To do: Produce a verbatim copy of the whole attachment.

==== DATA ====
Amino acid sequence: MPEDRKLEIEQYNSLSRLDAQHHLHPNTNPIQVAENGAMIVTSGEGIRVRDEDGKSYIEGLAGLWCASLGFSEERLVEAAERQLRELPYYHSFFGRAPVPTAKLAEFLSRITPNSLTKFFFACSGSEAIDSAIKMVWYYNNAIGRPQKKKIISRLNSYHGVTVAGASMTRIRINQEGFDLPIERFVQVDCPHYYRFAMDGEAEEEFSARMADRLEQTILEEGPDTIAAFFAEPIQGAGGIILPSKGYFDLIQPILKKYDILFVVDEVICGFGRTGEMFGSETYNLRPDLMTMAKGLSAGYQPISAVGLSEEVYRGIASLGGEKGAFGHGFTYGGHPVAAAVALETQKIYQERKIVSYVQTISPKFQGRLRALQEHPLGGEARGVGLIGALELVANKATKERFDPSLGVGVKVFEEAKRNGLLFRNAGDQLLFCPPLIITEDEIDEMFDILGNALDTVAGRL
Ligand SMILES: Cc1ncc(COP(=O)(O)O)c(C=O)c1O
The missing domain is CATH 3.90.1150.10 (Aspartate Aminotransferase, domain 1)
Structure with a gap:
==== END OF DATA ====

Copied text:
Amino acid sequence: MPEDRKLEIEQYNSLSRLDAQHHLHPNTNPIQVAENGAMIVTSGEGIRVRDEDGKSYIEGLAGLWCASLGFSEERLVEAAERQLRELPYYHSFFGRAPVPTAKLAEFLSRITPNSLTKFFFACSGSEAIDSAIKMVWYYNNAIGRPQKKKIISRLNSYHGVTVAGASMTRIRINQEGFDLPIERFVQVDCPHYYRFAMDGEAEEEFSARMADRLEQTILEEGPDTIAAFFAEPIQGAGGIILPSKGYFDLIQPILKKYDILFVVDEVICGFGRTGEMFGSETYNLRPDLMTMAKGLSAGYQPISAVGLSEEVYRGIASLGGEKGAFGHGFTYGGHPVAAAVALETQKIYQERKIVSYVQTISPKFQGRLRALQEHPLGGEARGVGLIGALELVANKATKERFDPSLGVGVKVFEEAKRNGLLFRNAGDQLLFCPPLIITEDEIDEMFDILGNALDTVAGRL
Ligand SMILES: Cc1ncc(COP(=O)(O)O)c(C=O)c1O
The missing domain is CATH 3.90.1150.10 (Aspartate Aminotransferase, domain 1)
Structure with a gap: